Writer’s block is the little grey cell’s way of signalling that it’s in dire need of a break and a refresh. Mine have had quite a sabbatical.

What is writer’s block? We’ve all bandied the words around some time or another. We tell it to other writers and they just nod knowingly and sympathetically, it gives us a sort of glamour when we we moan about it to civilians. If only we can break down that block we tell anybody who wants to listen, we would be writing that blockbuster novel, or that fabulous feature article or that memorable poem. If only.

Stephen King wrote about writer’s block in his book ‘On Writing; a memoir of the craft.’  Graham Green is said to have written 500 words a day, every day.  PD James said: ‘Don’t just plan to write – write. It is only by writing and not dreaming about it, that we develop our own style.’ Everyone who is anyone has an opinion about writer’s block; everyone who isn’t ‘anyone’ also has an opinion. 

Like PD James I’ve always said, don’t talk about it, do it. But now that I’ve discovered that PD got there before me, I can’t claim it as my own (even if I’ve only just found it out). Darn.

Everyone who is anyone has made a mint writing about it so that we can read about it. I must admit I very much liked Stephen King’s book. An enjoyable read and informative. It told me what worked for him. 

I’ll never be as famous or as prolific as he is, but I’ve discovered for myself that in the end there comes a time when you have to stop reading about how other people have done it and find a way to overcome writer’s block for yourself. My sister who is a teacher tells her students that what sometimes works is to write the ending. Even if the ending gets changed later on, that might free you to get going with the rest of the story.  I think that’s as good an idea as any.

 I can’t accredit it because I’ve read so much advice myself about writer’s block, but here are some ideas from others I’ve come across over the years: find a comfortable spot, find an uncomfortable spot and don’t leave it until you’ve written something. Be inspired by Simone de Beauvoir and write in a café, go for a walk with your trusty note book and pen by your side. If there’s a beach nearby, sit on the sand and watch the waves roll in. That last is mine. There’s nothing so freeing and hypnotic as those waves and the neverending screech of seagulls.  The famous and not so famous all have an opinion about overcoming writer’s block. Mine, like PD James is get started and stop agonising about it. Worry about the language or the revisions later, don’t worry about the sense it does or doesn’t make.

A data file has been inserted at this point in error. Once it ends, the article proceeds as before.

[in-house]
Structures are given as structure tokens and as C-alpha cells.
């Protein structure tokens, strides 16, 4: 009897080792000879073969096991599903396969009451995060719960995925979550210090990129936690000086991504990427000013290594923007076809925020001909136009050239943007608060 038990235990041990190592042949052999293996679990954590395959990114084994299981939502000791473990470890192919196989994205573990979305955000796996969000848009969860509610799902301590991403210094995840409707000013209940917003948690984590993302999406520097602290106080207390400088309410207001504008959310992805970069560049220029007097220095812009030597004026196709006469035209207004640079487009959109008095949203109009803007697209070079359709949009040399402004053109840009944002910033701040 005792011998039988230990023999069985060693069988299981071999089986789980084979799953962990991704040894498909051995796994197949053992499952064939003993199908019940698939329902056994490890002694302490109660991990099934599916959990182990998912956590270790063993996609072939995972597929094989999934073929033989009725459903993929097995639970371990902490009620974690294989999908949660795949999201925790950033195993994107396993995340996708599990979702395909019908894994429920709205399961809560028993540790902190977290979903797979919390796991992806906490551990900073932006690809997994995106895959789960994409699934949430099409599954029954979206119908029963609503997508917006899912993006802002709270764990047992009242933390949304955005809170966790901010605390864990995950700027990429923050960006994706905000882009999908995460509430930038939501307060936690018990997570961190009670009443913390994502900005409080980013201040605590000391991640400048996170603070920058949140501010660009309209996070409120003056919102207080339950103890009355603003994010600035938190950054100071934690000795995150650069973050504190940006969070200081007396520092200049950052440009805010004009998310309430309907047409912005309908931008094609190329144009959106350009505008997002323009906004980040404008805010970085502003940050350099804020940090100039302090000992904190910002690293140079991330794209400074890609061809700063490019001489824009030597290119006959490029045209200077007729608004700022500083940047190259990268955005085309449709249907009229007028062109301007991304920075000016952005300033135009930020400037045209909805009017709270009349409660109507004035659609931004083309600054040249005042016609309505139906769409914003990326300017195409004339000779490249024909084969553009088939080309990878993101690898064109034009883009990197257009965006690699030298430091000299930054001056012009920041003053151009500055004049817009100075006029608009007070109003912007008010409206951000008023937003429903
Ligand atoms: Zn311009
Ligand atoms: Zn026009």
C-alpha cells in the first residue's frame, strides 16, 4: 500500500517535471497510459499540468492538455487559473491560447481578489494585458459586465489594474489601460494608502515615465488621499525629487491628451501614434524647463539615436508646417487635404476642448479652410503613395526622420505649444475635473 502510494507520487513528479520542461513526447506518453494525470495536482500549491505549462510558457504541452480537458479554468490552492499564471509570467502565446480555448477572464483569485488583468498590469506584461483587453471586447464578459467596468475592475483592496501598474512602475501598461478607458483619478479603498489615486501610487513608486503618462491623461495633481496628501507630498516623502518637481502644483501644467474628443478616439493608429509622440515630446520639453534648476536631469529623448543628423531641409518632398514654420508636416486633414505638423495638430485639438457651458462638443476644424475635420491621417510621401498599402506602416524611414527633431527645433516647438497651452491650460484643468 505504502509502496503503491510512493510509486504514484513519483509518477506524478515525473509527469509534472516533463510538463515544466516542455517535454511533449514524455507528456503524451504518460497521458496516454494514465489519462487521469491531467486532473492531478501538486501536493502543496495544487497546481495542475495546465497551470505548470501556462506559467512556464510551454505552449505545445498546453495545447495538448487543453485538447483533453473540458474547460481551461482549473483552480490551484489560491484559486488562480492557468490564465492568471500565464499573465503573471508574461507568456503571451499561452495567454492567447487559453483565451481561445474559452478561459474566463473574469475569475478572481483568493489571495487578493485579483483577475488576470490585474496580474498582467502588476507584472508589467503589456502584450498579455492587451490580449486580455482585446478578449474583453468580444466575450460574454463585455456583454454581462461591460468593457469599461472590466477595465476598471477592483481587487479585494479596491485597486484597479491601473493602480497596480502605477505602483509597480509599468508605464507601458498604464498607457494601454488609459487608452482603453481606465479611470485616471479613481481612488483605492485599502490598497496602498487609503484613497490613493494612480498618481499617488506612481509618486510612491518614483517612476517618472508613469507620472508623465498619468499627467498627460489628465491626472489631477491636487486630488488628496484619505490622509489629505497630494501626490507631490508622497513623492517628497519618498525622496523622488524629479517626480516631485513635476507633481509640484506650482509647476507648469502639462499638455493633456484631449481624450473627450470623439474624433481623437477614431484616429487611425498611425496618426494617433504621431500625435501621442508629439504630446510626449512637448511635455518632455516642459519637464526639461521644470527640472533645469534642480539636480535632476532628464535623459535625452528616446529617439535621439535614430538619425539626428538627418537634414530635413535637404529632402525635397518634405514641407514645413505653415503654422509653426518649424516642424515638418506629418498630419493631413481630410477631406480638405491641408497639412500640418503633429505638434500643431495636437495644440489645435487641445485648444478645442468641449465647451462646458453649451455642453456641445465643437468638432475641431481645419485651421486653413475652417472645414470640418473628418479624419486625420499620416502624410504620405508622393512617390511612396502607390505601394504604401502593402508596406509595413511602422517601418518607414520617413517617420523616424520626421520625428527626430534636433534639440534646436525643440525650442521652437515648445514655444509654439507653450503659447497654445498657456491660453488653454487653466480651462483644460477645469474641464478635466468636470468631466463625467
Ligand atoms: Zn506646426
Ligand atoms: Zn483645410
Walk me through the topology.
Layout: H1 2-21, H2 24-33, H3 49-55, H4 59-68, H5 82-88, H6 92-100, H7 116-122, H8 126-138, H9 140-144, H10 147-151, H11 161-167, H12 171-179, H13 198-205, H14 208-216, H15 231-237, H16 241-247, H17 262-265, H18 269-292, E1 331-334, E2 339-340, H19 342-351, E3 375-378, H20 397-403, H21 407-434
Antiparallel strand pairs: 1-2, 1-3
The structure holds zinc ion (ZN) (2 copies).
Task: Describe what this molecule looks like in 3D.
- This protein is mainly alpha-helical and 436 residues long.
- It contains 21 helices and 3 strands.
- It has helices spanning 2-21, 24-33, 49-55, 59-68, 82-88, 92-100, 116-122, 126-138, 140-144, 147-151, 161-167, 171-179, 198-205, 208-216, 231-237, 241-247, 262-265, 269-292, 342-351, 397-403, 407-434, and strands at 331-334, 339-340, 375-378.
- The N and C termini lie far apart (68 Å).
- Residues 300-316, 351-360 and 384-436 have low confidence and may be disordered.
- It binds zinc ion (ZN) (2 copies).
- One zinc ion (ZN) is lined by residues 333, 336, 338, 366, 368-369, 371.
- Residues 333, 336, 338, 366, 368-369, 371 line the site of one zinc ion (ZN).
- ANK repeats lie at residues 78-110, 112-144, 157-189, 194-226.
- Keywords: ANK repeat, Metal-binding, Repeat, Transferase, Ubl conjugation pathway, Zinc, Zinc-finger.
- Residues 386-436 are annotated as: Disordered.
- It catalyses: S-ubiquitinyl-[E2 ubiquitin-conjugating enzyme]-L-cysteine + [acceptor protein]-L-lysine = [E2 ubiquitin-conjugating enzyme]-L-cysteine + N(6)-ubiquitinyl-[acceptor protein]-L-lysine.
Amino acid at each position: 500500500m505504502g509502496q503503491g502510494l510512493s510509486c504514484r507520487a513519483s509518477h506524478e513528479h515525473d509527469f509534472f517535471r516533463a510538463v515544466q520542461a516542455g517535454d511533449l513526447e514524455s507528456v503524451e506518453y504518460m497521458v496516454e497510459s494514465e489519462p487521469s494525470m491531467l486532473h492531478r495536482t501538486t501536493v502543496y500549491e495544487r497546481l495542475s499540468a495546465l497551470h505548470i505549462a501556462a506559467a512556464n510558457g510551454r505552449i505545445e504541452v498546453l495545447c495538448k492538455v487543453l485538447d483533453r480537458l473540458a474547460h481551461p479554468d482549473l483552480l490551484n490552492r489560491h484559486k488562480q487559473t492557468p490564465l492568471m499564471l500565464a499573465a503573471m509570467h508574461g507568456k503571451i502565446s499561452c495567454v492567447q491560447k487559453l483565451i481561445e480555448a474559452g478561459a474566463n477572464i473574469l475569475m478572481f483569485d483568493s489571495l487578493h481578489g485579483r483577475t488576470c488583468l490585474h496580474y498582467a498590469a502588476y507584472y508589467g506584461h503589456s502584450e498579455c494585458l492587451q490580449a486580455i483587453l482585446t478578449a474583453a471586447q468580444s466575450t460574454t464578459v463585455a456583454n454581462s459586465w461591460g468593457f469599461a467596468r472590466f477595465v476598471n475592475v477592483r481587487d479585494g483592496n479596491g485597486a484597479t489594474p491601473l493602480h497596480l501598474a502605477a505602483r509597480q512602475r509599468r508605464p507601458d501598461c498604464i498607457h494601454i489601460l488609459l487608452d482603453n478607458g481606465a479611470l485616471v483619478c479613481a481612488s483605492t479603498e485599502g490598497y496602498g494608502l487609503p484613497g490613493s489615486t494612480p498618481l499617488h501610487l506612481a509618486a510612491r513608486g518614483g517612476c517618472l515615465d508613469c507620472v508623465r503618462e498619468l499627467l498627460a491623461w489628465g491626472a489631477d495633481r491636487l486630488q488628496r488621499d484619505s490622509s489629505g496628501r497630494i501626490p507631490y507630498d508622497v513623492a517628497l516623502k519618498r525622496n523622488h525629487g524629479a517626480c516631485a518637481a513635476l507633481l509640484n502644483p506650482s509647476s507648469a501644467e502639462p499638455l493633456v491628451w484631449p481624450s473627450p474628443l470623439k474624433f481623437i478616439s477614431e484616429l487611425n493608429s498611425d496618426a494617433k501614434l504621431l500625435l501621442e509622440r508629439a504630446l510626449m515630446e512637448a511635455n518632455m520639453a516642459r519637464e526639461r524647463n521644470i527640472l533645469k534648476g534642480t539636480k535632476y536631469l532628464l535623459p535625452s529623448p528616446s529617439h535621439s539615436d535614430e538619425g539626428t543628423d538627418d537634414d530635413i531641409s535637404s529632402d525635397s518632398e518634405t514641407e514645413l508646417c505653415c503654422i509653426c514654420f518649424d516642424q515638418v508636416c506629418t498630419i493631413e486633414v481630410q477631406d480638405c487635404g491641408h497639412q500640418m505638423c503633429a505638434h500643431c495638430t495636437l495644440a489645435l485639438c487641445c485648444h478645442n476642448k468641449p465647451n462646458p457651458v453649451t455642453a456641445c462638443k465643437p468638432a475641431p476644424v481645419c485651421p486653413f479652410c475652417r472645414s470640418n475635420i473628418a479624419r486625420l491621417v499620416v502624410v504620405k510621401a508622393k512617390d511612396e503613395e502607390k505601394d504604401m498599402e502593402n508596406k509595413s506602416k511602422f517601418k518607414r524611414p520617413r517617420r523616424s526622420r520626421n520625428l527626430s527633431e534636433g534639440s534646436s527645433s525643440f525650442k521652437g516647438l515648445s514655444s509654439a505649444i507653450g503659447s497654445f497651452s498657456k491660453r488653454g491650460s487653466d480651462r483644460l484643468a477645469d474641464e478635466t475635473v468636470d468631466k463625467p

Once upon a time, one of my lecturers told us students that you should know your characters as well as you do your closest friends or family. Whether or not you write about it in your story, you should know what your characters will do at any given time or in any situation. How do they like their coffee? What side of the political divide are they? If you’ve come to a stop in your story work on your characters. Sit in a café and imagine a life for the people you see sitting around you. That was terrific advice.

I hope that I haven’t disappointed those of you who are despairing of getting it right and  who wanted more concrete ideas. But if we get back to PD James (and me), just take this bit of advice to heart,  stop talking about writing and write.

13 thoughts on “Writer’s block

  1. I’m not a writer Mary, I’m an infrequent blogger. I often go for the ‘just write and tidy it up later’ mode. Some might call it a draft. I doubt I could put a novel together!

    • Write and tidy it up later is perfect, Bruce. You have to keep going while you’re on a roll. If you stop and start, the danger is that that It will never be perfect and that first draft will never get done. (Don’t I know it.) 💋

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